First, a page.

How It Tells Of The Rapture That Impels (Review of Edgar)
Springfield, OH – Springfield StageWorks kicked off its 2011-12 season this past weekend with the world premiere of EDGAR: A Mesmeric Passage Into The Life of Edgar Allen Poe. Going in, I truly had very little clue what I was about to experience. The brain-child of creator and director Wayne Justice, EDGAR is a darkly beautiful multimedia production – the first portion of which is a short documentary, narrated by Dayton Public Radio host, Larry Coressel, and silently illustrated by dramatic reenactments starring several local actors. They provide an authentic backdrop to the story which reveals Poe to be an incredibly unfortunate man – he lost many friends and loved ones to tuberculosis and consumption. It was as though he could never truly be happy; as though he simply wasn’t meant to know happiness. Mental decay blossomed and eventually gave way to physical illness – Poe died of unknown causes at the age of 39, but it has been widely speculated that alcohol played a significant role in his eventual death. The film is simply lovely on a stand-alone basis, but there was much more to follow.
After the film had ended, a live, ever-changing performance began. Shane Smith took to the stage as the infamous author, noticeably carrying with him the weight of a man who had lost everyone who had ever meant anything to him – a man on the verge of madness, appearing quite sane. He and Wayne Justice gave a witty and macabre presentation of ‘The Cask of Amontillado’. Andrea Klinker delivered a brilliant rendition of ‘The Tell-Tale Heart’, showcasing a desperately mad personality, with seemingly no hope for any form of normalcy.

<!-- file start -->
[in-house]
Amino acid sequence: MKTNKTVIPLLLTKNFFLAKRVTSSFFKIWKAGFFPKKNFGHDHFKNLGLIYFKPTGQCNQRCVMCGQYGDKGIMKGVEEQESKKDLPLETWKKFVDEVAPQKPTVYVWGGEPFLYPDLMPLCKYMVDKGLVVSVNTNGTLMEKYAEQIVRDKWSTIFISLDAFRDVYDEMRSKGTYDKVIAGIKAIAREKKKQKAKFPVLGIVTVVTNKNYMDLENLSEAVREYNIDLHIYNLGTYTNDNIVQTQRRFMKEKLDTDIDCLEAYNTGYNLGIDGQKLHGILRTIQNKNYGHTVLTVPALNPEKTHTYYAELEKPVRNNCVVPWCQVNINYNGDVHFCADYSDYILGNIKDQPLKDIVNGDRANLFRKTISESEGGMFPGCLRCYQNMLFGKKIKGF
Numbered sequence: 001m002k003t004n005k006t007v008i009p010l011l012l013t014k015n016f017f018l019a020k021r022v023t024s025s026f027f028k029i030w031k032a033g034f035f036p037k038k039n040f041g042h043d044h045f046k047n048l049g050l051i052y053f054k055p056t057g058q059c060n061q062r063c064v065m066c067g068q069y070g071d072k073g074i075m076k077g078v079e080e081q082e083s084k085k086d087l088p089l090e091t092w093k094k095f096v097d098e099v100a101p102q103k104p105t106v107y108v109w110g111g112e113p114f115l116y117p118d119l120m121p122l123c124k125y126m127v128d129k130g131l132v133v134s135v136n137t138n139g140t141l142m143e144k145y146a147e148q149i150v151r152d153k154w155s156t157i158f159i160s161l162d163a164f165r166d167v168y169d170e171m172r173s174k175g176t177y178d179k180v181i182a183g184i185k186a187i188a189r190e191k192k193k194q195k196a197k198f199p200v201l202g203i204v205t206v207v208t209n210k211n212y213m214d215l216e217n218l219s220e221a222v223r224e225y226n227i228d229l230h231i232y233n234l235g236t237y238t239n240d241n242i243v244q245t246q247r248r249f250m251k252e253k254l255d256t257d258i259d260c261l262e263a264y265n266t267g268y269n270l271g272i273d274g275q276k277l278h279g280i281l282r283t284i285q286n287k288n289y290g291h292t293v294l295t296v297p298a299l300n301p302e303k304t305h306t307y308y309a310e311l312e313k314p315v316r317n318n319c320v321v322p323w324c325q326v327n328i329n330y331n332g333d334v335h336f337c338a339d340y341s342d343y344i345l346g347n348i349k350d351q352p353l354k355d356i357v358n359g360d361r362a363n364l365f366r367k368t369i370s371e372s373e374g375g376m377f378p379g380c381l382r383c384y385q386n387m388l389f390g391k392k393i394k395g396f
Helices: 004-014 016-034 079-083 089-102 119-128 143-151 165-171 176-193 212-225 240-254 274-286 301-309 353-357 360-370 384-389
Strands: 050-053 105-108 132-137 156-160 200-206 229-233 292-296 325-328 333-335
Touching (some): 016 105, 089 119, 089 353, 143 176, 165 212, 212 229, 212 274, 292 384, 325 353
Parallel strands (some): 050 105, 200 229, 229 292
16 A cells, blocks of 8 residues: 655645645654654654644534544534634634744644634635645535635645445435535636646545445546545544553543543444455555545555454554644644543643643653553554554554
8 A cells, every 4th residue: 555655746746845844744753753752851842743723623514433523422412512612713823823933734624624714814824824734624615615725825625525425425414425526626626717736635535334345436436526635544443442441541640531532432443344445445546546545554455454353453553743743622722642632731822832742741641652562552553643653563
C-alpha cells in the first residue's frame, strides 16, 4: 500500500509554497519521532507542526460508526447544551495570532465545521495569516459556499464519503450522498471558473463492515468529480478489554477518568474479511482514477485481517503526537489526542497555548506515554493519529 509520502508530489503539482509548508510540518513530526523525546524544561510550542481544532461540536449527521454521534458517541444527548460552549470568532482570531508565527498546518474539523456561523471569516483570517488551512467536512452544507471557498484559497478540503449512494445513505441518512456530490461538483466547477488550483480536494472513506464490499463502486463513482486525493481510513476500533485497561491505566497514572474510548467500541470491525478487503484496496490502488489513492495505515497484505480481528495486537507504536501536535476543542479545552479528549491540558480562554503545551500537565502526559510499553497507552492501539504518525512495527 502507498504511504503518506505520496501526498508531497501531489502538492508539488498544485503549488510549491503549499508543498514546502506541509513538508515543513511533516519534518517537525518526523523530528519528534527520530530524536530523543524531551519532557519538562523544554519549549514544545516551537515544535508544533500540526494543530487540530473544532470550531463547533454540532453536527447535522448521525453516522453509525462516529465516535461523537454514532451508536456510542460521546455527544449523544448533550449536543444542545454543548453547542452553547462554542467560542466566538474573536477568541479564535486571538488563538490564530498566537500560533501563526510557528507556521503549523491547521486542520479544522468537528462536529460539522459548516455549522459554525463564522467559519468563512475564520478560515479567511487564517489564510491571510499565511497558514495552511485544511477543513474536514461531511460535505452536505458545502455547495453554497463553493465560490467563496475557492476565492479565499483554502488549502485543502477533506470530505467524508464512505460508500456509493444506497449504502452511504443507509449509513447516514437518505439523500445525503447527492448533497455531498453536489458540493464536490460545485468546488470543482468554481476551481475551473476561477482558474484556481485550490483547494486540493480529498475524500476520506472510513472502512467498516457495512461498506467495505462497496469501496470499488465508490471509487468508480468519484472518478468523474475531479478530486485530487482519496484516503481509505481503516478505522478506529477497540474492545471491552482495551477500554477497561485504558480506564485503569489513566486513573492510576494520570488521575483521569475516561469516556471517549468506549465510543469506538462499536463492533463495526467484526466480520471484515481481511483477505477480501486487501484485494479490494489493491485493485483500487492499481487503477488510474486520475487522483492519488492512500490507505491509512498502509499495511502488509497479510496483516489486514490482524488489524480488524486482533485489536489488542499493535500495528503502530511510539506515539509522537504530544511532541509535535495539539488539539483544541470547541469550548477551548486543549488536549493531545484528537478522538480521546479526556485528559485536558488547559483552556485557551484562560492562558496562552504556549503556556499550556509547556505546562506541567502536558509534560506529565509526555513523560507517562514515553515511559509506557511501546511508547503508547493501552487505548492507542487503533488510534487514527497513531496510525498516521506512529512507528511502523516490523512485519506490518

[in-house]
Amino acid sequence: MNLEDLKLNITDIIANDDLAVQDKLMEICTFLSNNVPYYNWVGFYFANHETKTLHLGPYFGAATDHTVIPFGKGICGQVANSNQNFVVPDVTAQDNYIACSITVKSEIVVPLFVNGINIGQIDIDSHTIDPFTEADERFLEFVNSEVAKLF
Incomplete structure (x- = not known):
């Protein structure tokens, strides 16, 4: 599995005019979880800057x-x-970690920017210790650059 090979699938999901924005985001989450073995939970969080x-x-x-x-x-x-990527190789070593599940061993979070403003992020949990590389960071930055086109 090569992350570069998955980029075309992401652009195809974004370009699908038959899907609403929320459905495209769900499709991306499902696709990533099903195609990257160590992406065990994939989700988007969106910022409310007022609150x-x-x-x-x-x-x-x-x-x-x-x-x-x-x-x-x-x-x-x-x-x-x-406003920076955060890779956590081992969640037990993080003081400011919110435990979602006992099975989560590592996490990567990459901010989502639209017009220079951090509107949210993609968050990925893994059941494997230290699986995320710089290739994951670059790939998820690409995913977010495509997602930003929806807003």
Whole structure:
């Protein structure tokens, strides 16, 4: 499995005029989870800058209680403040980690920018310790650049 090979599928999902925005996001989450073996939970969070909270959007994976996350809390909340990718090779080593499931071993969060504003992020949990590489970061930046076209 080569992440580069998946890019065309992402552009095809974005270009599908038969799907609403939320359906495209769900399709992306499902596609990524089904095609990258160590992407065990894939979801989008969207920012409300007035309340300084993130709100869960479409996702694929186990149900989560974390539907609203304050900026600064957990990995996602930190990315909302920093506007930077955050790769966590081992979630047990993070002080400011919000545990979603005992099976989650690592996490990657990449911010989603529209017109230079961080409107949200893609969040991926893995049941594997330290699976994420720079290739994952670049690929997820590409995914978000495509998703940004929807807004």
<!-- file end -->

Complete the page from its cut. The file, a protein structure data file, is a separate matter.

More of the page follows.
This was no small feat – one could call the story ‘the mother of all monologues’. Sufficiently creepy, to say the least, every line had its own weight, every movement a nervous energy. Throughout the live production, Wayne Justice would happily walk onstage and deliver a stanza of ‘The Bells’.
EDGAR has been stewing around in the inner sanctum of Justice’s brain for many years, and it shows. The costumes were simple, but well thought out. The set, simple yet evocative. Lighting played a significant role in the mood of each scene and moved from one hue or shadow to another almost imperceptibly.
StageWorks presented the world premiere of this unique production for two nights only. If you were unfortunate enough to miss it, fear not! The Clifton Performance Theatre will be hosting two performances, September 23 & 24, 2011 at 8pm. The theatre is located at 404 Ludlow Ave, Cincinnati OH 45220. Call 513-861-SHOW for further information.